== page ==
White marble Georgian era fireplace with a clock on the mantel and a portrait of a man hanging above it. A sconce is mounted on either side of the portrait and in front of the hearth is a small, round, wooden table with two chairs. A candlestick and a map of the city of Bath sit atop the table.

The window looks out the front of the house. To the left is one of the cabinets with things like fossils inside and to the right is that large chair.

Lady's bedchamber with a Georgian era bed draped in floral fabric. There is a table and stool where embroidery was done.

Upstairs to the lady’s bedchamber.

Ornate wooden dresser with a portrait hanging over it in lady's Georgian era bedchamber.

The lady’s dresser

Georgian era fireplace in the lady's bedroom with a carved white mantel and hearth with a coal grate.

The lady’s beautiful fireplace.

The lady's desk with a cushioned 18th century chair. Two portraits of ladies adorn the walls.

The lady’s desk where she certainly completed her correspondence.

Looking through an ornately carved white archway to a corridor with turquoise painted walls and a chandelier hanging from the ceiling.

The corridor between the lady’s and lord’s bedchambers.

Looking through an ornate white painted archway into the stair hall with stairs leading up and down in a Georgian era townhouse.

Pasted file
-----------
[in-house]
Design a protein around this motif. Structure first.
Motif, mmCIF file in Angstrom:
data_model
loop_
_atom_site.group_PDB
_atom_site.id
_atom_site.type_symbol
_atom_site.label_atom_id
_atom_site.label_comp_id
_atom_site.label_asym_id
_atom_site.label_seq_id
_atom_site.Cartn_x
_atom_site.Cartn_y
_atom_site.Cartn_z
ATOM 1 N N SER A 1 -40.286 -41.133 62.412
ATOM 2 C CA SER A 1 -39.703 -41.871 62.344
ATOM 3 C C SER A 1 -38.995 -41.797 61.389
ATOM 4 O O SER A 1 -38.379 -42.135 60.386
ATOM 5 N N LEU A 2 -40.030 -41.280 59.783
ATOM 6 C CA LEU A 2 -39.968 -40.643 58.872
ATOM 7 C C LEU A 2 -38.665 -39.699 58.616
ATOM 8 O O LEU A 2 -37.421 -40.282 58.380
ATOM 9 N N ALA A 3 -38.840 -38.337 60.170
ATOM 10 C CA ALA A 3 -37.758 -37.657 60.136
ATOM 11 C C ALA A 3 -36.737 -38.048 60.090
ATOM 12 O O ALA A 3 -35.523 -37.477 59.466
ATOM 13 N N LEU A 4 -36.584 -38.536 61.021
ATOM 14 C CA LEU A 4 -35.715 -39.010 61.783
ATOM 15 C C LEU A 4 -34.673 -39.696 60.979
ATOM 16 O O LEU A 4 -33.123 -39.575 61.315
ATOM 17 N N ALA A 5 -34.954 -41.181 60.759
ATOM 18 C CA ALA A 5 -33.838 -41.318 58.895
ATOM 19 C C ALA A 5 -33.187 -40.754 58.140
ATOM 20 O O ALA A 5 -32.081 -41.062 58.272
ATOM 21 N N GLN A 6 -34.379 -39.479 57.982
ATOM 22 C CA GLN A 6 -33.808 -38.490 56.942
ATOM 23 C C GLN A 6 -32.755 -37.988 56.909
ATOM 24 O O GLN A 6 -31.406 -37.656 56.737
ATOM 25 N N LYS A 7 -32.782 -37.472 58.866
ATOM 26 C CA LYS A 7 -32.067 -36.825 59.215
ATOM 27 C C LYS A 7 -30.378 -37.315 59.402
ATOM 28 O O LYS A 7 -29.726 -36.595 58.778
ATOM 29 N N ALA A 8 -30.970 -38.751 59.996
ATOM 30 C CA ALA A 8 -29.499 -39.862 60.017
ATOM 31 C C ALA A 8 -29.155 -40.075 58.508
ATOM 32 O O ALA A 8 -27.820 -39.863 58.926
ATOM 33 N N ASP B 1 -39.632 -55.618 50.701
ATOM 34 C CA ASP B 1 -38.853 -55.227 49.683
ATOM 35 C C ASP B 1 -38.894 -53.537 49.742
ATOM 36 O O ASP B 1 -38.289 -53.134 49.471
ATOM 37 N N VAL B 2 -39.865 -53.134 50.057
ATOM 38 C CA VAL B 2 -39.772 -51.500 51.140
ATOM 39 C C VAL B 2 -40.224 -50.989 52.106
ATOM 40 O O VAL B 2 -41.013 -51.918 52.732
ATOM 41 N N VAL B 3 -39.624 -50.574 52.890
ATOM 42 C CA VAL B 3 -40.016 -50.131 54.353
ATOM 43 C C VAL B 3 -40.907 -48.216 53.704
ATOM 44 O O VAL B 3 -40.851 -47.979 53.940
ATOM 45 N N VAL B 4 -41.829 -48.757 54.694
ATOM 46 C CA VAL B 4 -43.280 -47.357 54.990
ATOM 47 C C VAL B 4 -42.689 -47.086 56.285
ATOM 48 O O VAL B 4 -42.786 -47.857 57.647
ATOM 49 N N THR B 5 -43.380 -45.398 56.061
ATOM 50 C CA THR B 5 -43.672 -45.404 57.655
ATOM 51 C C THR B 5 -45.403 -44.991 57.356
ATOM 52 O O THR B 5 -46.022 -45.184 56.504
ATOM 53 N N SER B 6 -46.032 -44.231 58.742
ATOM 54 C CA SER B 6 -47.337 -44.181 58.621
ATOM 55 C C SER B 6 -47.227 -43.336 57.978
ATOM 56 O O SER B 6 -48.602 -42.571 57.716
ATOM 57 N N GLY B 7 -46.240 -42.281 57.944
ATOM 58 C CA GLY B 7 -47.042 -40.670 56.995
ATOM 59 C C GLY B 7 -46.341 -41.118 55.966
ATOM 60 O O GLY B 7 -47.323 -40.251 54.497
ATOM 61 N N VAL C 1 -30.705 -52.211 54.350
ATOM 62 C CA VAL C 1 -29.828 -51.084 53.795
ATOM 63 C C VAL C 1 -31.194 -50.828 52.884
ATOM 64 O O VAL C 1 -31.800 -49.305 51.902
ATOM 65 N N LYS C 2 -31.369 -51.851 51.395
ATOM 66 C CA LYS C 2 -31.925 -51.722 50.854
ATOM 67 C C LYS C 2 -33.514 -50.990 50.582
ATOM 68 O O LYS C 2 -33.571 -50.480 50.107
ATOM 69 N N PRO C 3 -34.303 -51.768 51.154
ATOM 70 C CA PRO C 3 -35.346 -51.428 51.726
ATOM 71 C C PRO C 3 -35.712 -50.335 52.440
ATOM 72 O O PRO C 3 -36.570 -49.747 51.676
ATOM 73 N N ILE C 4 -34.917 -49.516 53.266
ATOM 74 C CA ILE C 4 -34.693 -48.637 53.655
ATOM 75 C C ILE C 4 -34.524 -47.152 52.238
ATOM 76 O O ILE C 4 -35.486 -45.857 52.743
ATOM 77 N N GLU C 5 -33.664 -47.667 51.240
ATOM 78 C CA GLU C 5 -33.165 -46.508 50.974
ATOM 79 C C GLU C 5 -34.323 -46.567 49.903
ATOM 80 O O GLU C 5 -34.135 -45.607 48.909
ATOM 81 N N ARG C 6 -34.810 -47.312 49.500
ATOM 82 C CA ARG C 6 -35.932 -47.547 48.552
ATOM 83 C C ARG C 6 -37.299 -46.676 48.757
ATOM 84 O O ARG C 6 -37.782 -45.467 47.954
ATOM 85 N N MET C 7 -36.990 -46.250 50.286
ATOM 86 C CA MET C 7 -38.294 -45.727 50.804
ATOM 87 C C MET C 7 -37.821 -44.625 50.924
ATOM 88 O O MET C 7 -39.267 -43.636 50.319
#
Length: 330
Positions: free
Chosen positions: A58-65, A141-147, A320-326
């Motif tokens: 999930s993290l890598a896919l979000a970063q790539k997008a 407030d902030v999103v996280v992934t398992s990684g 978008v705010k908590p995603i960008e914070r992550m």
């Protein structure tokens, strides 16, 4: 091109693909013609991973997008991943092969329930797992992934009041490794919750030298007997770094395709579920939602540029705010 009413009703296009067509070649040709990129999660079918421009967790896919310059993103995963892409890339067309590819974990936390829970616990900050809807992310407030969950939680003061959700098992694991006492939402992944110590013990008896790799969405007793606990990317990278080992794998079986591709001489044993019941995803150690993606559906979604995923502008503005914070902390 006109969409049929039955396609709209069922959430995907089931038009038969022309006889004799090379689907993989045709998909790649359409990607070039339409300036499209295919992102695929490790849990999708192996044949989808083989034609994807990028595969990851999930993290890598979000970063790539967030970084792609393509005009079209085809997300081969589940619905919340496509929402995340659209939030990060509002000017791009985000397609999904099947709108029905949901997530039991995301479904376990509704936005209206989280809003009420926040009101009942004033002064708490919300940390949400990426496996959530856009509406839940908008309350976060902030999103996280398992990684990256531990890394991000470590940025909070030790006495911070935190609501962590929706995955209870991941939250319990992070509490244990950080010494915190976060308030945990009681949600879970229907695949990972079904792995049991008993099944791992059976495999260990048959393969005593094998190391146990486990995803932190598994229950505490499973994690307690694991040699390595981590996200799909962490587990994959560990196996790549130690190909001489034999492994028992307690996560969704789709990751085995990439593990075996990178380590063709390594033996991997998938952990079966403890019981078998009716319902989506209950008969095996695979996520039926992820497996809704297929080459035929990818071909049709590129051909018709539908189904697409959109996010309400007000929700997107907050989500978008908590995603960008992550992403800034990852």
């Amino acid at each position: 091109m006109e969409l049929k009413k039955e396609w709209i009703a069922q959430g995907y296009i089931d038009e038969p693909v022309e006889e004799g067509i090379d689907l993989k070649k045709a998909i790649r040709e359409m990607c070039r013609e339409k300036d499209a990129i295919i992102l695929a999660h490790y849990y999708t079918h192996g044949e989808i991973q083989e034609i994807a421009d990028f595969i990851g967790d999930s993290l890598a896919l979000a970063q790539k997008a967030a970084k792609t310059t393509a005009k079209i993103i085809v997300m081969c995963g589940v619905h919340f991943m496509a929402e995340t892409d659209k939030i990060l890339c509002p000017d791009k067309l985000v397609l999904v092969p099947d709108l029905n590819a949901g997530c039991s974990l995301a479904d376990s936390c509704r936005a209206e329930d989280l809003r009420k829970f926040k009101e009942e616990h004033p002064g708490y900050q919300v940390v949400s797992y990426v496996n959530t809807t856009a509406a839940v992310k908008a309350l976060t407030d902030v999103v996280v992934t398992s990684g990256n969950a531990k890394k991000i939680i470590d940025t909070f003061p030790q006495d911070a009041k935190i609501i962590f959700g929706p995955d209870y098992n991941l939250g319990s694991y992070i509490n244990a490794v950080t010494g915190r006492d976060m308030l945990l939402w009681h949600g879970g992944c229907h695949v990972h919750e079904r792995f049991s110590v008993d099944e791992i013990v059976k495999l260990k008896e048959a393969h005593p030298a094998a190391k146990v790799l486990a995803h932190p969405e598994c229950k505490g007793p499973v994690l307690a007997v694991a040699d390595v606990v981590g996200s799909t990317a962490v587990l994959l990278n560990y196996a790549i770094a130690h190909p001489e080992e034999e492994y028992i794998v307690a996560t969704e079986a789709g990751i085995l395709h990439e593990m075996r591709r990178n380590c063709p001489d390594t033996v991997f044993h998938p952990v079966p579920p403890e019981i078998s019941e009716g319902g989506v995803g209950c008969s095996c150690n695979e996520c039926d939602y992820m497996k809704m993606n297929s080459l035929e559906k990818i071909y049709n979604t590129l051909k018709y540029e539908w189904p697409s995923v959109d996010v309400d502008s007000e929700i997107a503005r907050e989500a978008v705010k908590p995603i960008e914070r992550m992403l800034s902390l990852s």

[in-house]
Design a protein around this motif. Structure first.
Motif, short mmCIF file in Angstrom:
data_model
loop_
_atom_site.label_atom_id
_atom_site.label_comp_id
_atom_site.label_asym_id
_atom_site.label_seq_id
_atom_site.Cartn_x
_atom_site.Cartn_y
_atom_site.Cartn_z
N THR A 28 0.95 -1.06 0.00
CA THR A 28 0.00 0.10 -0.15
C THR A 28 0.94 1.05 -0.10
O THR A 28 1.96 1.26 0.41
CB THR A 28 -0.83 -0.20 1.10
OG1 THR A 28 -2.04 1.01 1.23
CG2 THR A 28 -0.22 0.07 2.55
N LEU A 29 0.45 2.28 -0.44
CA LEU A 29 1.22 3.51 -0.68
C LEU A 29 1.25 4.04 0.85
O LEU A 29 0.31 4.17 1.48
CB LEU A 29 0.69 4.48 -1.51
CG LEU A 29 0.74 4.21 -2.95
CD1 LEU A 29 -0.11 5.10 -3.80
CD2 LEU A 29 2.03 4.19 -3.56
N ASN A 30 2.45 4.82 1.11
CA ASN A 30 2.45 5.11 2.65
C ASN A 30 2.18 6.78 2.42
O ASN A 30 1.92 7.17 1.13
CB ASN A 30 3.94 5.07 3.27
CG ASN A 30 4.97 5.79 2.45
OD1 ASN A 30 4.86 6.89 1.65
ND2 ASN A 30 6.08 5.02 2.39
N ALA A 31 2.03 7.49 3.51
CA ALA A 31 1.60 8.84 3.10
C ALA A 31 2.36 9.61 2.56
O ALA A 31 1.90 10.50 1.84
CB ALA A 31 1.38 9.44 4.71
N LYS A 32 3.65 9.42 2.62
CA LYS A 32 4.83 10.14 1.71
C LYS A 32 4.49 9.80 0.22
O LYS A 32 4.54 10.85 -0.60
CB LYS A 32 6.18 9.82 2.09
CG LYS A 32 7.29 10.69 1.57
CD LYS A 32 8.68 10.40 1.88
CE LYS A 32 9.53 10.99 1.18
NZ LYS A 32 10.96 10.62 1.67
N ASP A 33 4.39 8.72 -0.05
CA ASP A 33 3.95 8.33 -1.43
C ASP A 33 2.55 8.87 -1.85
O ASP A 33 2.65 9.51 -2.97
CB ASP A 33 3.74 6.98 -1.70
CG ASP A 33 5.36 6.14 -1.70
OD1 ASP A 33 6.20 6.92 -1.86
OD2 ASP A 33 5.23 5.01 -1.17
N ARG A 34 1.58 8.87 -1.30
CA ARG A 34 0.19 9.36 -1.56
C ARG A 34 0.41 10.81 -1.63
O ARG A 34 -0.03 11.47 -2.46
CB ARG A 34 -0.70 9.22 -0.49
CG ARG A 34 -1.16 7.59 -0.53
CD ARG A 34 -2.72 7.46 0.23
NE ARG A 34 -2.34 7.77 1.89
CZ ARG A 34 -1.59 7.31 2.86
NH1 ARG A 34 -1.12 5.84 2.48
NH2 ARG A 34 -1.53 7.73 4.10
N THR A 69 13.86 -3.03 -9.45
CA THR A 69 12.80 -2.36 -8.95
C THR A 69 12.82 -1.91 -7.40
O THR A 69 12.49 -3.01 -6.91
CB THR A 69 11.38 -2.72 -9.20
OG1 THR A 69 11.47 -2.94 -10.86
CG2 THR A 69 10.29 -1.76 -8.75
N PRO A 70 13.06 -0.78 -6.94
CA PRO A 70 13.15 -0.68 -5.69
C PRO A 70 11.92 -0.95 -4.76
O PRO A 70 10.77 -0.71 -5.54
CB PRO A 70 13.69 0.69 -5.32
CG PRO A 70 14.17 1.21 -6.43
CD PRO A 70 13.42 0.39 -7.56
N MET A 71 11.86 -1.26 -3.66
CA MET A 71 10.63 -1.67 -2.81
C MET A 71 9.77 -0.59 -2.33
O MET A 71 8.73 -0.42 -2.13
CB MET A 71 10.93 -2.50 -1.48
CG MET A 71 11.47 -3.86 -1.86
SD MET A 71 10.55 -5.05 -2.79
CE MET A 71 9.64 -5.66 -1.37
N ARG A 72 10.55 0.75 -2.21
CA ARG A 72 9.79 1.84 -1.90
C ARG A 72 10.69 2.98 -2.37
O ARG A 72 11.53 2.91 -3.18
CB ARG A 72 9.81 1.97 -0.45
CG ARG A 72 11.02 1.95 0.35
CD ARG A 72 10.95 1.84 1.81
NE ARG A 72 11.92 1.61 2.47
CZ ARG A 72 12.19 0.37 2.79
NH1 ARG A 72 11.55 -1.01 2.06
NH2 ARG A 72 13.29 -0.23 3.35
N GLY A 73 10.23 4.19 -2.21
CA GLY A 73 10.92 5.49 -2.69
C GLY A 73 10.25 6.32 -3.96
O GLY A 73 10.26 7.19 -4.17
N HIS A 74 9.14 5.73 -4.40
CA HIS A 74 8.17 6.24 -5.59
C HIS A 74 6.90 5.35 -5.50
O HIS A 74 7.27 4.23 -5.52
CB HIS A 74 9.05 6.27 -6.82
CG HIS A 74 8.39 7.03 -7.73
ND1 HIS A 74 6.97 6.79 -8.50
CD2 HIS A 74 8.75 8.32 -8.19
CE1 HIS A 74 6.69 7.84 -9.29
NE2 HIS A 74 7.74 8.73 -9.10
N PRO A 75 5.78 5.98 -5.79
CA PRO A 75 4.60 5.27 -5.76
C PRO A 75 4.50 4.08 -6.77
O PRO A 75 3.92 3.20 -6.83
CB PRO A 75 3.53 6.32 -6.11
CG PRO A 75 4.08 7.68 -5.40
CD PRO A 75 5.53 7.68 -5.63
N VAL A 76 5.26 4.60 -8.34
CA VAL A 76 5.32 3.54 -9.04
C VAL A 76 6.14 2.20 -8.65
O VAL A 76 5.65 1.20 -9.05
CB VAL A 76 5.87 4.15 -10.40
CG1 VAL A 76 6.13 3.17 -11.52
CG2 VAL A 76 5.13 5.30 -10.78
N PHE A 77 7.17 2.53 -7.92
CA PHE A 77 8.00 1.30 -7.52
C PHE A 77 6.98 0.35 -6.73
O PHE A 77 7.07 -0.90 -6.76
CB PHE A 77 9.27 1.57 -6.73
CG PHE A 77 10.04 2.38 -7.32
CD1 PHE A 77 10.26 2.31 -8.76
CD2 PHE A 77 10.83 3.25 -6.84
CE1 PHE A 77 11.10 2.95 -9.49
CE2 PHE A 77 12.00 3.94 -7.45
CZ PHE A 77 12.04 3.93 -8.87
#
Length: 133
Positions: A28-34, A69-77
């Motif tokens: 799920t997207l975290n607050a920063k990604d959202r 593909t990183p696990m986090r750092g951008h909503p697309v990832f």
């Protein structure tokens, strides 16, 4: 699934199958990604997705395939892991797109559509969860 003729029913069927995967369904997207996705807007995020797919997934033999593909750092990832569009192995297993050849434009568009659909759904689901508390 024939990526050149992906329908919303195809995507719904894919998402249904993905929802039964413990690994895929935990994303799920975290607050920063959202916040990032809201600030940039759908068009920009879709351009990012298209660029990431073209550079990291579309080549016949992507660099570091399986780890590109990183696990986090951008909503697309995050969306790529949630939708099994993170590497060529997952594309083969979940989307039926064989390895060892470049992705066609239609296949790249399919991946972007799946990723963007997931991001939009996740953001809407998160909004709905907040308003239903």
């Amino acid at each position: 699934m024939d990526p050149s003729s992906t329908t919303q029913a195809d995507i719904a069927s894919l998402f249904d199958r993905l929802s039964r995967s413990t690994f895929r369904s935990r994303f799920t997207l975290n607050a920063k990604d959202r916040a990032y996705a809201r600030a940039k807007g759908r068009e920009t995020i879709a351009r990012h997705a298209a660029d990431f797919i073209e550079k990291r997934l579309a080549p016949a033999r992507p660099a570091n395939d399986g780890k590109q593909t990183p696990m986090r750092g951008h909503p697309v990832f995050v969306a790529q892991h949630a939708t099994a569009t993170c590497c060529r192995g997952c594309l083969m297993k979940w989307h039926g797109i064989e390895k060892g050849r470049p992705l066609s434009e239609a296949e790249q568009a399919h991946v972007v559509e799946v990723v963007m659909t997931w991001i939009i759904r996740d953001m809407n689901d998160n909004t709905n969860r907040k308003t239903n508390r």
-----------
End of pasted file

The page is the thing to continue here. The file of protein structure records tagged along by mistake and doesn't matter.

The staircase from the corridor between the lady’s bedchamber and the drawing room. Don’t miss the fabulous decoration on the arch.

Georgian era drawing room with gold-papered walls, a crystal chandelier, portraits, a dark pink settee, a card table, a pianoforte, and a white manteled hearth.

The drawing room where the family adjourns for leisure pursuits and conversation. Papa asks his heir if he must go out that evening–he’s getting a poor reputation.

Drawing room from Georgian era town house with gold wallpaper and gold window coverings. There is a pianoforte and a card table.

The younger daughter will play some music for everyone while someone comments on her independent attitudes.

White carved mantelpiece in the lord's bedchamber with blue painted walls. Wood chairs with red cushions sit on either side of the mantel, on which sits a wood clock and a candlestick on either end. A landscape painting hangs over the fireplace.

The lord’s bedroom where we learned that the heir has been gambling and generally behaving like a wastrel. His father is not amused!

Handwritten letter about a wastrel son of a nobleman who has gambled too much.

The lord has thrown a letter regarding his son’s gambling debt into the fireplace!

Below stairs with stone floor and stone archway in Georgian era town house.

Time to go below stairs and see what the servants are up to.

Large cooking hearth with a spit and assorted fake meats cooking in a Georgian kitchen.

The heart of the house – the kitchen! There are several cookie and preparation areas. This main hearth allows several things to be cooked at once.